90% Of Singapore Airlines Employees Are Signed Up To Be Vaccinated

Singapore Airlines’ most recent financial report details how the airline has swung to a loss of more than $2 billion across the nine months of the financial year. Despite passenger numbers plunging 97% in 2020, the airline is keenly looking ahead to the future. It wants to be the first fully vaccinated airline in the world, and 90% of its employees have already signed up to get their jab.

Singapore SIA A350
SIA has reported a $2 billion loss since April 2020. Photo: Singapore Airlines

Singapore Airlines wants to be the first fully vaccinated airline

For Singapore Airlines, not being able to operate internationally is not an option. With no domestic network, the airline is counting on getting borders reopened for its future financial health. Despite today posting a loss of SG$2.9 billion ($2.18 billion) for the nine months since April 2020, the airline is keen to ensure all its employees are fully vaccinated for the future.

The nation has purchased the Pfizer vaccine and, unlike some geographies, is prioritizing its aviation sector to receive the shot. SIA’s CEO Goh Choon Phong celebrated this decision in a statement to its employees last month, saying,

“We are grateful to the Singapore government for making the aviation sector a priority in the country’s vaccination exercise. This reflects the sector’s importance, and the crucial role we play in both Singapore’s economic recovery and the fight against the pandemic.”

Although the airline does not plan to mandate its employees to get the vaccine, it seems that the offer of the free jab by the government has been well received. Across the SIA Group, which includes Singapore Airlines, SilkAir and Scoot, almost all staff have signed up to receive the vaccine. In its quarterly report issued today, SIA said,

“More than 90% of the operating crew in all three airlines have signed up for the vaccination.”

SIA Crew mask
90% of the workforce have signed up for the vaccine. Photo: Singapore Airlines

In a statement to Simple Flying, the airline further commented,

“The Singapore Airlines Group can confirm that eligible Singapore-based staff have been offered Covid-19 vaccinations by the Singapore government. Participation is voluntary, and the SIA Group strongly encourages all eligible staff to take up this offer. The safety of our customers and staff remains the top priority at Singapore Airlines.”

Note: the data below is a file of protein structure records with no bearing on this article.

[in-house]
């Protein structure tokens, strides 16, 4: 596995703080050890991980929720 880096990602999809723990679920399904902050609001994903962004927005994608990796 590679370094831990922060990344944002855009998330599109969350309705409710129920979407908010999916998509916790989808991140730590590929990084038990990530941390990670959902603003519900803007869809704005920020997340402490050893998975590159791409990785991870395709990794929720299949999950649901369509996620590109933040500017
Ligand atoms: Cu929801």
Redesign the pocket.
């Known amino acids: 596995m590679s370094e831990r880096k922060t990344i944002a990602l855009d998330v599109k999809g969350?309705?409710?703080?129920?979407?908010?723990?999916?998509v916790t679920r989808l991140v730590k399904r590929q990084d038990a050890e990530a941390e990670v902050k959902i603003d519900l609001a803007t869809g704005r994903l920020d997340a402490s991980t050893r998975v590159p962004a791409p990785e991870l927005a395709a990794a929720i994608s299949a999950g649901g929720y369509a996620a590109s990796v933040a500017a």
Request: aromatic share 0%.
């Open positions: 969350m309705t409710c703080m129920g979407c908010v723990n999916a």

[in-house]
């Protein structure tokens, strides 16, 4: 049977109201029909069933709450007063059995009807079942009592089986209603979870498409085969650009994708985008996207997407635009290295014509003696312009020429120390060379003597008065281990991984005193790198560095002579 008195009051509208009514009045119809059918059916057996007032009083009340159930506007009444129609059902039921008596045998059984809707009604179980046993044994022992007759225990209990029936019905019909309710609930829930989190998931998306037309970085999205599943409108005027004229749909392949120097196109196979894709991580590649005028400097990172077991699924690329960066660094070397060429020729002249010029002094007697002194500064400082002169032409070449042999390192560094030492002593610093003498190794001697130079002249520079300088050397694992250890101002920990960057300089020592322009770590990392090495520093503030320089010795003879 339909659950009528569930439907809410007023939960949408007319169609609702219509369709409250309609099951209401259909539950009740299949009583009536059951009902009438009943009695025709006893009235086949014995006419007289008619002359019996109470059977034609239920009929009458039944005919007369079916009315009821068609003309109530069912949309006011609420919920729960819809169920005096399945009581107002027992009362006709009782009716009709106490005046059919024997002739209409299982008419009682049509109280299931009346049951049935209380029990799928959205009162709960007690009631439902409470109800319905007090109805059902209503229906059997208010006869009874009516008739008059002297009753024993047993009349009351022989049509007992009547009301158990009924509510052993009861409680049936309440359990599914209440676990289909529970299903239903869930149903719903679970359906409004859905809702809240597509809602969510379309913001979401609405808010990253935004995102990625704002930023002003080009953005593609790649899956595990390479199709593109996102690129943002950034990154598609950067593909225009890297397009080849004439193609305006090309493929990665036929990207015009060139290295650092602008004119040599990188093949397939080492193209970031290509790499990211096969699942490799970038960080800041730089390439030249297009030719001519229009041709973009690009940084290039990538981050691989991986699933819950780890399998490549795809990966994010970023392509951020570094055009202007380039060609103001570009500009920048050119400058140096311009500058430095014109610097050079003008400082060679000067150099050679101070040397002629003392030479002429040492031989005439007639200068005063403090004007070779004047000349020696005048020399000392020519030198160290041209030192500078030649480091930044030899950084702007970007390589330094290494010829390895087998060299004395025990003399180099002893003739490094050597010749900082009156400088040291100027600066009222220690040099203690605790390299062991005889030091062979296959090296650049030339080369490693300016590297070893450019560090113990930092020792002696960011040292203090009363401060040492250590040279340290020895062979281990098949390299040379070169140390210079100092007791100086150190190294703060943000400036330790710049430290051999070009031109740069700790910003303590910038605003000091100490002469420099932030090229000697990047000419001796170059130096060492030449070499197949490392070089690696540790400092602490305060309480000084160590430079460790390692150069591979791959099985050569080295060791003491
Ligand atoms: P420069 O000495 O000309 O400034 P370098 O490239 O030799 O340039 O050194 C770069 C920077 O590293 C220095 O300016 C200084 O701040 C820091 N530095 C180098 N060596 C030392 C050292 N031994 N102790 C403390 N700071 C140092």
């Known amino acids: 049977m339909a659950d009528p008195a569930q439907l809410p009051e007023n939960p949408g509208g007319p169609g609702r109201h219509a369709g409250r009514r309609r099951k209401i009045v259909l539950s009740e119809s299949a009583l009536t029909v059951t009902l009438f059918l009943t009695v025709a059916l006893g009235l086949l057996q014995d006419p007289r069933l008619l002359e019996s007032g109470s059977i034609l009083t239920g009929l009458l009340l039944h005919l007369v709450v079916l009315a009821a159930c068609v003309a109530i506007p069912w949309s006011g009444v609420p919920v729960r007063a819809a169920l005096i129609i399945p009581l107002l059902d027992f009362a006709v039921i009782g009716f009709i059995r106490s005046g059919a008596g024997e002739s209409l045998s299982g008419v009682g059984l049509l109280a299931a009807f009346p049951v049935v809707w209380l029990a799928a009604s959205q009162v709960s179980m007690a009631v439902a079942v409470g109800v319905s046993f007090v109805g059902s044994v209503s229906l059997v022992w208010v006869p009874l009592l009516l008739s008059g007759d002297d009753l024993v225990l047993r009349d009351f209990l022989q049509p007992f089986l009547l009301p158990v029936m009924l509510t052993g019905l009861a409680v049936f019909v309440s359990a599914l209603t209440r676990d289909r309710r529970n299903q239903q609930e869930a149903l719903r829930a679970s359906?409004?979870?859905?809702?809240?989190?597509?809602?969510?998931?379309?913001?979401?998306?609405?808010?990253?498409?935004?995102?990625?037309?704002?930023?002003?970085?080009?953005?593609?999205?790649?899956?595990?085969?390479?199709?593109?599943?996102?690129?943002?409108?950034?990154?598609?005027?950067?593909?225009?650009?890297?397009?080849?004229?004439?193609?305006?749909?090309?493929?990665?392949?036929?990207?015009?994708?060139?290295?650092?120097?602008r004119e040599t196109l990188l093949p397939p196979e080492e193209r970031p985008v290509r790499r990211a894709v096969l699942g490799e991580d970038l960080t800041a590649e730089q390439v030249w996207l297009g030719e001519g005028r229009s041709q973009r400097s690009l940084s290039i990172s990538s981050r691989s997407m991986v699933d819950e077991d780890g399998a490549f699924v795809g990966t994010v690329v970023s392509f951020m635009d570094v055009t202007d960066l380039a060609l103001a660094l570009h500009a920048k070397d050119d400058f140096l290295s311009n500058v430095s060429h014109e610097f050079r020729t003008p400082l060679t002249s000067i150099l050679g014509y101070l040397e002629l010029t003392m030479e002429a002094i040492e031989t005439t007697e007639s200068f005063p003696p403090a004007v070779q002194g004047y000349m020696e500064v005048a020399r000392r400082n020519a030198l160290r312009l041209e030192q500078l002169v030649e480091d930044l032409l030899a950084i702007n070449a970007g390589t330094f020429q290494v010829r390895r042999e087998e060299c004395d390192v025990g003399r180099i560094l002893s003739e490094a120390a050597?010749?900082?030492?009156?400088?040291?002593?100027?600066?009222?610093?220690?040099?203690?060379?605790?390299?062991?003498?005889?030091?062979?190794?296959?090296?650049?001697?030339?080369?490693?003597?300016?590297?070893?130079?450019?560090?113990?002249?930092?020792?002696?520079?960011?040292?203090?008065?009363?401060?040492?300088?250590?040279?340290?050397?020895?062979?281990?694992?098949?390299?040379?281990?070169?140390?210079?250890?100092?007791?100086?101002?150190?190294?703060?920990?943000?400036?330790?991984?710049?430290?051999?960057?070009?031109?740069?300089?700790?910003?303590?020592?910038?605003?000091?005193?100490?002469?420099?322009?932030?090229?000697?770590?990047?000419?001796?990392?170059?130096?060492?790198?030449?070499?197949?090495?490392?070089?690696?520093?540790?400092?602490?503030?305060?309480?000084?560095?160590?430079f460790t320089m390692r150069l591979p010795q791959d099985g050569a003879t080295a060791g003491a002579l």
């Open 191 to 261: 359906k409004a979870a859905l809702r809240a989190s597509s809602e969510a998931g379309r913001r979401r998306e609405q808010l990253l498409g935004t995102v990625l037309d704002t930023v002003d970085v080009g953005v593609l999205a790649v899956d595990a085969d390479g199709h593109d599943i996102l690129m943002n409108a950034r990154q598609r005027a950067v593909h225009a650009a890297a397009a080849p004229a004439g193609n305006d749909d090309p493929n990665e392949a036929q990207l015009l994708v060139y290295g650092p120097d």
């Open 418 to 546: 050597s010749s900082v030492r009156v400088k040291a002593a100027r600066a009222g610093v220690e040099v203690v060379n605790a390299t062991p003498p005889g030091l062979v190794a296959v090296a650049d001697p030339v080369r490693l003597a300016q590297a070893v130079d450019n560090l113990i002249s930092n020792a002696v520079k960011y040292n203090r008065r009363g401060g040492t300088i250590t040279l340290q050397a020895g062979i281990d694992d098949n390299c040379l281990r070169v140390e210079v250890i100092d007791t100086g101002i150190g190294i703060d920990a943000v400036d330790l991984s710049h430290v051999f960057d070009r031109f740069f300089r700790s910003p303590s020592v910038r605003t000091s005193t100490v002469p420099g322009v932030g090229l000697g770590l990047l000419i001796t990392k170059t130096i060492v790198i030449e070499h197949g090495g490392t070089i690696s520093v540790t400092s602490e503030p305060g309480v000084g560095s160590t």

That’s great news for Singapore Airlines, and shows the willingness of its crew to protect themselves and others as it restarts operations. It’s in stark contrast to the approach of some other airlines who are eyeing mandatory vaccinations for all crew.

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Health passport in use

Since December, Singapore Airlines has been trailing a new digital health passport, based on IATA’s Travel Pass framework. The airline initially offered the service just on the routes to Jakarta and Kuala Lumpur. However, the airline is keen to roll this out to more destinations in the coming months.

For SIA, 2020 was a tough time, tougher than for many other airlines. With no domestic flights and borders closed, the airline’s passenger carriage shrank 97.6% year on year. Nevertheless, the airline is grasping every opportunity that comes its way, flying cargo with its seven freighters and using 24 passenger aircraft for cargo too.

SIA 777
SIA has been using 24 passenger aircraft for cargo. Photo: Singapore Airlines

As border restrictions begin to relax, the airline has laid on huge amounts of capacity. In the third quarter of the year, SIA added 31 destinations to its skeleton service, taking its total of routes served to 38. SilkAir added routes to take it from six to eight, while Scoot’s network remained unchanged.

From January, the airline is pushing into more destinations too. It has reinstated services to Dubai, Moscow and Munich, and is keenly awaiting the launch of Phuket as a SilkAir destination from February 2021. The service will become a Singapore Airlines service on March 4th.

However, the airline notes that it expects to maintain its passenger capacity at around 25% of pe-COVID levels up to the end of the financial year, and only to fly around 45% of its usual destinations.